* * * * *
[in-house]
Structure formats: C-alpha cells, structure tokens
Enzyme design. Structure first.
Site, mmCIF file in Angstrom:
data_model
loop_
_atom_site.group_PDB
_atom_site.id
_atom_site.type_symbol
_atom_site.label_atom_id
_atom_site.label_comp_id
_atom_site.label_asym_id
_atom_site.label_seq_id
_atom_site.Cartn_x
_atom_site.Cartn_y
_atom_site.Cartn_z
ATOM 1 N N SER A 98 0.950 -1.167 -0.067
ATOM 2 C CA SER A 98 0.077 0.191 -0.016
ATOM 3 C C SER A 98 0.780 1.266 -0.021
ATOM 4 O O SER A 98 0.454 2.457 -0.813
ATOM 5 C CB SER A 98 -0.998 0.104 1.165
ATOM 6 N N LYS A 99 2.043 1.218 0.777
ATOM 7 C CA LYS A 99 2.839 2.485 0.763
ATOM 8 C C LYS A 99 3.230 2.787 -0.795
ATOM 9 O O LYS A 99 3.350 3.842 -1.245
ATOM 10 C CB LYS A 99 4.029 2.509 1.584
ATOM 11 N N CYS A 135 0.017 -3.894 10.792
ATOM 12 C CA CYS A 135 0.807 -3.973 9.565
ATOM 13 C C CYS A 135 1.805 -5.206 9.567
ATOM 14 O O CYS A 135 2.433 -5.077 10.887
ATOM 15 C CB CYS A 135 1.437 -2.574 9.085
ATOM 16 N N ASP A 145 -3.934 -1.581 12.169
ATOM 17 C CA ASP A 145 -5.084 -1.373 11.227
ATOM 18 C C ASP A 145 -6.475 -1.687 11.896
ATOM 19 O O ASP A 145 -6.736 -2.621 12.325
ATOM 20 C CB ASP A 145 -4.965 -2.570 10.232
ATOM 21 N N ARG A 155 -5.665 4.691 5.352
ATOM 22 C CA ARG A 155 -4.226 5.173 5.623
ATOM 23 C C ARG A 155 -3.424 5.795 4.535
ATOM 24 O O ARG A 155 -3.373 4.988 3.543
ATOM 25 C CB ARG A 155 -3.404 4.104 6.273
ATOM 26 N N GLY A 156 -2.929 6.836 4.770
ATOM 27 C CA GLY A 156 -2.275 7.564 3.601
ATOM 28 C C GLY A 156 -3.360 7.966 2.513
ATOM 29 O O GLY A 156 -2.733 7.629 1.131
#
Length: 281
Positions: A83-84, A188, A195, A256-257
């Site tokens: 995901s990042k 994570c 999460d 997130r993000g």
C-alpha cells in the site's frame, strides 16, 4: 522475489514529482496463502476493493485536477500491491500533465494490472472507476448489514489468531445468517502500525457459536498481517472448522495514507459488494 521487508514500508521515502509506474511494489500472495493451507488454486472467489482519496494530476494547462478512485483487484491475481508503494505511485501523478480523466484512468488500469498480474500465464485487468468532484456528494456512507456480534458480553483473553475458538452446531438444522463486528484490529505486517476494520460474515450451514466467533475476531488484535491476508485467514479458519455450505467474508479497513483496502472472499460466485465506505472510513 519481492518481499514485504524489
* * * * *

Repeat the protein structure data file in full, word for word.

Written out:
[in-house]
Structure formats: C-alpha cells, structure tokens
Enzyme design. Structure first.
Site, mmCIF file in Angstrom:
data_model
loop_
_atom_site.group_PDB
_atom_site.id
_atom_site.type_symbol
_atom_site.label_atom_id
_atom_site.label_comp_id
_atom_site.label_asym_id
_atom_site.label_seq_id
_atom_site.Cartn_x
_atom_site.Cartn_y
_atom_site.Cartn_z
ATOM 1 N N SER A 98 0.950 -1.167 -0.067
ATOM 2 C CA SER A 98 0.077 0.191 -0.016
ATOM 3 C C SER A 98 0.780 1.266 -0.021
ATOM 4 O O SER A 98 0.454 2.457 -0.813
ATOM 5 C CB SER A 98 -0.998 0.104 1.165
ATOM 6 N N LYS A 99 2.043 1.218 0.777
ATOM 7 C CA LYS A 99 2.839 2.485 0.763
ATOM 8 C C LYS A 99 3.230 2.787 -0.795
ATOM 9 O O LYS A 99 3.350 3.842 -1.245
ATOM 10 C CB LYS A 99 4.029 2.509 1.584
ATOM 11 N N CYS A 135 0.017 -3.894 10.792
ATOM 12 C CA CYS A 135 0.807 -3.973 9.565
ATOM 13 C C CYS A 135 1.805 -5.206 9.567
ATOM 14 O O CYS A 135 2.433 -5.077 10.887
ATOM 15 C CB CYS A 135 1.437 -2.574 9.085
ATOM 16 N N ASP A 145 -3.934 -1.581 12.169
ATOM 17 C CA ASP A 145 -5.084 -1.373 11.227
ATOM 18 C C ASP A 145 -6.475 -1.687 11.896
ATOM 19 O O ASP A 145 -6.736 -2.621 12.325
ATOM 20 C CB ASP A 145 -4.965 -2.570 10.232
ATOM 21 N N ARG A 155 -5.665 4.691 5.352
ATOM 22 C CA ARG A 155 -4.226 5.173 5.623
ATOM 23 C C ARG A 155 -3.424 5.795 4.535
ATOM 24 O O ARG A 155 -3.373 4.988 3.543
ATOM 25 C CB ARG A 155 -3.404 4.104 6.273
ATOM 26 N N GLY A 156 -2.929 6.836 4.770
ATOM 27 C CA GLY A 156 -2.275 7.564 3.601
ATOM 28 C C GLY A 156 -3.360 7.966 2.513
ATOM 29 O O GLY A 156 -2.733 7.629 1.131
#
Length: 281
Positions: A83-84, A188, A195, A256-257
């Site tokens: 995901s990042k 994570c 999460d 997130r993000g």
C-alpha cells in the site's frame, strides 16, 4: 522475489514529482496463502476493493485536477500491491500533465494490472472507476448489514489468531445468517502500525457459536498481517472448522495514507459488494 521487508514500508521515502509506474511494489500472495493451507488454486472467489482519496494530476494547462478512485483487484491475481508503494505511485501523478480523466484512468488500469498480474500465464485487468468532484456528494456512507456480534458480553483473553475458538452446531438444522463486528484490529505486517476494520460474515450451514466467533475476531488484535491476508485467514479458519455450505467474508479497513483496502472472499460466485465506505472510513 519481492518481499514485504524489